Emergence of a stellar jet observed in real time

Primer Subtitulo: 
The observation over an eighteen year span of the formation of a massive star has unveiled the birth of a bipolar jet which ejects matter and regulates the star’s growth
Resumen: 
The observation over an eighteen year span of the formation of a massive star has unveiled the birth of a bipolar jet which ejects matter and regulates the star’s growth

Stars are formed inside great clouds of gas and dust from patches of higher density that collapse under the pull of their own gravity. A disk then forms around this original embryo from which the star continues to gather new material while at the same time ejecting matter and energy through a bipolar jet.  

The phenomenon of collimated matter ejection –jets– is common to different astronomical objects such as young stars, black holes in galaxy nuclei or stars in the last stages of their lives, but it is still unknown how it originates and what determines the degree of collimation.  A group of international astronomers has been able to observe the moment in which star W75N(B)-VLA2 began to develop these fundamental features of stellar formation.

The study, published in Science magazine and involving researchers from the Institut de Ciències de l’Espai (ICE-CSIC/IEEC)-Institut de Ciències del Cosmos (ICC-UB) and the Institute of Astrophysics of Andalusia (IAA-CSIC), was led by Carlos Carrasco-González (UNAM, Mexico).

Formation of a jet in a massive proto-star. Hydro-dynamic and three-dimensional simulation and visualization, generated using the Shape code, of a short episodic ejection on massive proto-star W75N (B)-VLA 2. The initial ejection in various directions (left panel) turns into a collimated ejection (right panel) as it expands into a toroidal distribution of gas and dust.  (Image: Wolfgang Steffen, Institute of Astronomy, UNAM).

MONITORING THE EVOLUTION OF A PROTOSTAR "IN REAL TIME"

The study shows how W75N(B)-VLA2, a massive star in the course of formation, has drastically changed the way in which it expels matter, from a virtually spherical form to an elongated ejection along a single axis. Although stellar formation processes last hundreds of thousands of years, in this case researchers have witnessed the evolution toward the formation of a jet in the span of only eighteen years, from 1996 to 2014.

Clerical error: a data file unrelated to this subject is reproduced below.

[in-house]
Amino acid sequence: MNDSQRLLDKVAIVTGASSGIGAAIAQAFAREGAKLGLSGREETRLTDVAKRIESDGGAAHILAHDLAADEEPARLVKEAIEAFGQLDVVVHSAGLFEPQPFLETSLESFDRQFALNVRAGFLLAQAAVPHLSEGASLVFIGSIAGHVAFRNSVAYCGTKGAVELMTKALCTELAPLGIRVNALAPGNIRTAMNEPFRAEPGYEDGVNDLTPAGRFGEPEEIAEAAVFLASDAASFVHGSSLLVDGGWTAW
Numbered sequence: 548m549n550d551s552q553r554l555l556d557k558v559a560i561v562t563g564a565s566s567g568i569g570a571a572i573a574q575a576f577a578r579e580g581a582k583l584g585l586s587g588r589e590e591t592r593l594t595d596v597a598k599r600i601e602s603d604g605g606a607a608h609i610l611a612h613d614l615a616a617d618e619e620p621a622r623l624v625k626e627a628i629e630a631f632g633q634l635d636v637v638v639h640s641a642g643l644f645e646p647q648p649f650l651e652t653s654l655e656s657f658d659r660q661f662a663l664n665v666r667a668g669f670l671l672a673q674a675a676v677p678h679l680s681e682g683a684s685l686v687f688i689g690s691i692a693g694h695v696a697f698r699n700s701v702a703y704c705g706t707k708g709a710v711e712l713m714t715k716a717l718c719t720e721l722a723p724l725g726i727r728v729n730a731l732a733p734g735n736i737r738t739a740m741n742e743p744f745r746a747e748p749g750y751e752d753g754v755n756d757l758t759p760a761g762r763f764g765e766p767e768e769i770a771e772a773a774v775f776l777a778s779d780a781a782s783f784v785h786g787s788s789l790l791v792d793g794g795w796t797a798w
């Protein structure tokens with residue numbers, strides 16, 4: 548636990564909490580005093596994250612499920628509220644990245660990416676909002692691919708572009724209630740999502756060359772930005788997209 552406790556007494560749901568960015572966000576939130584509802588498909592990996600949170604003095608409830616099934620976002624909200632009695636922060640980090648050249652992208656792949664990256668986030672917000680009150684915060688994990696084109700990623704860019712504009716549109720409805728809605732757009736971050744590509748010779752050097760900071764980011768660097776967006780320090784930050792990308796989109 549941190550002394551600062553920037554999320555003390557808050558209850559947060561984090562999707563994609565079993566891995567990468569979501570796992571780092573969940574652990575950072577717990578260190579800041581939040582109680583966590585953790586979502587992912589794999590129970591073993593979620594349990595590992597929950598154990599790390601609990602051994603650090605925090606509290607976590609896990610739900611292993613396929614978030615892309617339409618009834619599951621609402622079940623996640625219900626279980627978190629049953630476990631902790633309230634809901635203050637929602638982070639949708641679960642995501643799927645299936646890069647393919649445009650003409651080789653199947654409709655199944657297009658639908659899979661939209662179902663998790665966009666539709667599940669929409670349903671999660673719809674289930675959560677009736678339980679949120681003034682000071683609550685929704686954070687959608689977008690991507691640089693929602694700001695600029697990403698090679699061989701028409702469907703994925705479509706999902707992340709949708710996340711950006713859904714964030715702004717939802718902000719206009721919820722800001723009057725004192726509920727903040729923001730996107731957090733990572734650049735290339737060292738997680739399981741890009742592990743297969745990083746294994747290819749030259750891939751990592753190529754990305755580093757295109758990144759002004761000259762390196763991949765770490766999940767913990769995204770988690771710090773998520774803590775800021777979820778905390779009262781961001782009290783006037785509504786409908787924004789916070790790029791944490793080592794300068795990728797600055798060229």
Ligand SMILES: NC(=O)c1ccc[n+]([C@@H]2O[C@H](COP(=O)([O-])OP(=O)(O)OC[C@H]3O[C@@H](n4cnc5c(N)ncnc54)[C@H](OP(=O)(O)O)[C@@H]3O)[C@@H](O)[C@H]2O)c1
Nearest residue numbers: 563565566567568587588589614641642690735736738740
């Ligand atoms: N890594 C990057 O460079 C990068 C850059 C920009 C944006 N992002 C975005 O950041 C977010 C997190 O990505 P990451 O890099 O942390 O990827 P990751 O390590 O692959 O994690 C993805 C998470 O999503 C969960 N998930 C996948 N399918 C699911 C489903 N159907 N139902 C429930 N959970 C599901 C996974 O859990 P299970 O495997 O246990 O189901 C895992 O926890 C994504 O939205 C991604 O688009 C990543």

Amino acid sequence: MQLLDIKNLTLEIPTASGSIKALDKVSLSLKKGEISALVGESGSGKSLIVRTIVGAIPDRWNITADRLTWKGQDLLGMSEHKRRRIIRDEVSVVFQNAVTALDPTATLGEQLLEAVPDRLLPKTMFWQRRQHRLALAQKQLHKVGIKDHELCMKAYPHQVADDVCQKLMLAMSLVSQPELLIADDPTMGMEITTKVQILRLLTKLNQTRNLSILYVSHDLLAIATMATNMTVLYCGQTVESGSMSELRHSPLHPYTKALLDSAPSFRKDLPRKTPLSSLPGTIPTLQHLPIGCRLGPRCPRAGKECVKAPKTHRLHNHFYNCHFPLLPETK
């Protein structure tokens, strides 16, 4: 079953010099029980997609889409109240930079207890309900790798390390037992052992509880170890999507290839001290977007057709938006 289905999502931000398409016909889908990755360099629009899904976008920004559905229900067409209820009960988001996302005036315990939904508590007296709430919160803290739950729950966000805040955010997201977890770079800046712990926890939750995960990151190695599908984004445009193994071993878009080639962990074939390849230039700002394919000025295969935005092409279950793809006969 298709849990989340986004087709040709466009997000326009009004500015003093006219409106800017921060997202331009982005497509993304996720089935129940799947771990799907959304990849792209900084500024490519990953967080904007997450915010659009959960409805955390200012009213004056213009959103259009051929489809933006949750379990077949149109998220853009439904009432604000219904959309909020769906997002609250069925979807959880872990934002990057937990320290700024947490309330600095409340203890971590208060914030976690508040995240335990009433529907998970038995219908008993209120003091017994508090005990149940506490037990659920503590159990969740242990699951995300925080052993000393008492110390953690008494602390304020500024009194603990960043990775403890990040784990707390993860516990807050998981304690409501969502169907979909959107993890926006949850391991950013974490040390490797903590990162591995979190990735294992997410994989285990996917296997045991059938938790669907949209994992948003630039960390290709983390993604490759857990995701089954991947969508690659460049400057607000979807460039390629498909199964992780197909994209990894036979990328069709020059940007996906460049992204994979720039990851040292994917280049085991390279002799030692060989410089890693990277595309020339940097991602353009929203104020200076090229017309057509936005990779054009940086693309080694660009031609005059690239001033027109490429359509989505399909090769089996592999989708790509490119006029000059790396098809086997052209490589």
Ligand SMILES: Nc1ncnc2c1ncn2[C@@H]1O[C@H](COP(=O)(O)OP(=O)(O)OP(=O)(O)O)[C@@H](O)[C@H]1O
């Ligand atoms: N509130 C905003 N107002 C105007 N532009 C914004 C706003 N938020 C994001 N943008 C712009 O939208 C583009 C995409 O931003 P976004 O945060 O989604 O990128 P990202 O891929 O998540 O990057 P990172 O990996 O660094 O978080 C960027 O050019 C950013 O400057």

"Current theories predict that young stars should eject matter in collimated jets. But earlier studies had shown us that some very young massive stars go through short periods where they eject matter in all directions. We suspected that at some moment there should be a transition to the phase of high collimation. That transition is exactly what we are witnessing on W75N(B)-VLA2”, says Guillem Anglada, IAA-CSIC researcher taking part in the study.

The data obtained are also consistent with the existence of a disk around the proto-star, which confirms the scenario of stellar formation described in the models.  “Our work offers a unique opportunity to study how the basic ingredients of stellar formation evolve in this region in the next few years.  We are lucky to be present just at the right moment to be able to monitor and describe these rapid changes in real time” concludes José María Torrelles, CSIC-IEEC / ICC-UB-IEEC researcher participating in the study.

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Referencia: 

C. Carrasco-González, J.M. Torrelles, J. Cantó, S. Curiel, G. Surcis, W.H.T. Vlemmings, H.J. van Langevelde, C. Goddi, G. Anglada, S.-W. Kim, J.S. Kim, J.F. Gómez"Observing the onset of outflow collimation in a massive protostar". Science.